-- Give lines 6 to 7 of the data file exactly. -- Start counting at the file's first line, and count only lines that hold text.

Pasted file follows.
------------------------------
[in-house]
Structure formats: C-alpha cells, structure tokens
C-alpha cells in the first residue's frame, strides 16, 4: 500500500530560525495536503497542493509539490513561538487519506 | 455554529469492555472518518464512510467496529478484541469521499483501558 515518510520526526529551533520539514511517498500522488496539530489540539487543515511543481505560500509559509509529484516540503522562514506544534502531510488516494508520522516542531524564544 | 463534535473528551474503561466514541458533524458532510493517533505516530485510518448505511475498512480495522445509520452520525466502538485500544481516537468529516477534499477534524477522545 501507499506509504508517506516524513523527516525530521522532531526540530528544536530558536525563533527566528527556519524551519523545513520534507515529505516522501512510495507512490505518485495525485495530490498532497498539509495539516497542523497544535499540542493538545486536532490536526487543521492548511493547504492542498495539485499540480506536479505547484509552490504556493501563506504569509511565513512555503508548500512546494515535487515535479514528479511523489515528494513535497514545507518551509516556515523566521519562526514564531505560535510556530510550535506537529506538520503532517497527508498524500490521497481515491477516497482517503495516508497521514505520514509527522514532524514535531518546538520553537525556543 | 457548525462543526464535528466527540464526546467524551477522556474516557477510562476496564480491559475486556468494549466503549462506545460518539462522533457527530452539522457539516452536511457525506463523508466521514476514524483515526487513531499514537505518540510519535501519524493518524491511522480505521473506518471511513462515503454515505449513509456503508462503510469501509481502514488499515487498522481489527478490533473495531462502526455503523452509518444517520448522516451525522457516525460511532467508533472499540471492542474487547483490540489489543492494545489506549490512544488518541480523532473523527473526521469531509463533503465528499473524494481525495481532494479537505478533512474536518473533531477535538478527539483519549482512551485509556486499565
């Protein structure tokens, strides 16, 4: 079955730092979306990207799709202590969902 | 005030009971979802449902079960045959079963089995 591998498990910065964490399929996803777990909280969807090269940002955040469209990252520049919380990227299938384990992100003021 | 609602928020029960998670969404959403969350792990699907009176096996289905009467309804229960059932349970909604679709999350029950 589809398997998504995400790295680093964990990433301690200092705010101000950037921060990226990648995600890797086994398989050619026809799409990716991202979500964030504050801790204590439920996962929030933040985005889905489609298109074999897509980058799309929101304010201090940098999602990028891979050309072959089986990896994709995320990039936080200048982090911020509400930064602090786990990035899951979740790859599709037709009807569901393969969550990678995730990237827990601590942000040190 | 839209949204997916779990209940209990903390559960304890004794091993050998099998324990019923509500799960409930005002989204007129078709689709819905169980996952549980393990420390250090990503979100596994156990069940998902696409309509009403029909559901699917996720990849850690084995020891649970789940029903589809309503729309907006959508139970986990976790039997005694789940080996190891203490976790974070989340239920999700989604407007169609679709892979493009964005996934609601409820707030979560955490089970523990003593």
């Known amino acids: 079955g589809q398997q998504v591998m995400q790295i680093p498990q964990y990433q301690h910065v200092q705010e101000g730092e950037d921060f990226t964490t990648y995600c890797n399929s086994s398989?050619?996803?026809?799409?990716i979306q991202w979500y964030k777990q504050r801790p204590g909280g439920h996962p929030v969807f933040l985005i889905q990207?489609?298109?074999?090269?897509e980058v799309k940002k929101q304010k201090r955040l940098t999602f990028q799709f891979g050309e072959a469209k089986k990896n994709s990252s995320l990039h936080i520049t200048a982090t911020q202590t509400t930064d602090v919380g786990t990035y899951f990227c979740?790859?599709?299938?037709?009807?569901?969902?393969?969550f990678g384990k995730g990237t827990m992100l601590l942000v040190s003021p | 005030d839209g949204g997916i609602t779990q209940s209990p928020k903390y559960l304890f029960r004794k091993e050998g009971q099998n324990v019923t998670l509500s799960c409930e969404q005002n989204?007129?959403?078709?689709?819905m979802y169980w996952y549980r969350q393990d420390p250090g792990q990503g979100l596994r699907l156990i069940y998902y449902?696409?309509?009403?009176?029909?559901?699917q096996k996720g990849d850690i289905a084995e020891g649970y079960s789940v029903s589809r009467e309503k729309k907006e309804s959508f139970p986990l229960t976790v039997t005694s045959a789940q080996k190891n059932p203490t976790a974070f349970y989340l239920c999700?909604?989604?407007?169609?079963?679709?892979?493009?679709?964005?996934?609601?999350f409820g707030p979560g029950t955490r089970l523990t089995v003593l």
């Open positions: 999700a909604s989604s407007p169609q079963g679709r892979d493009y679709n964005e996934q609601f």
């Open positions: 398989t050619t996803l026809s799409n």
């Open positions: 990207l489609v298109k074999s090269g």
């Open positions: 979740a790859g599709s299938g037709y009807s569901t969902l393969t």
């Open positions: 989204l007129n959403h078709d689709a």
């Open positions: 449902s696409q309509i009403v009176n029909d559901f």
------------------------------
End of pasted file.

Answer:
């Open positions: 999700a909604s989604s407007p169609q079963g679709r892979d493009y679709n964005e996934q609601f």
């Open positions: 398989t050619t996803l026809s799409n």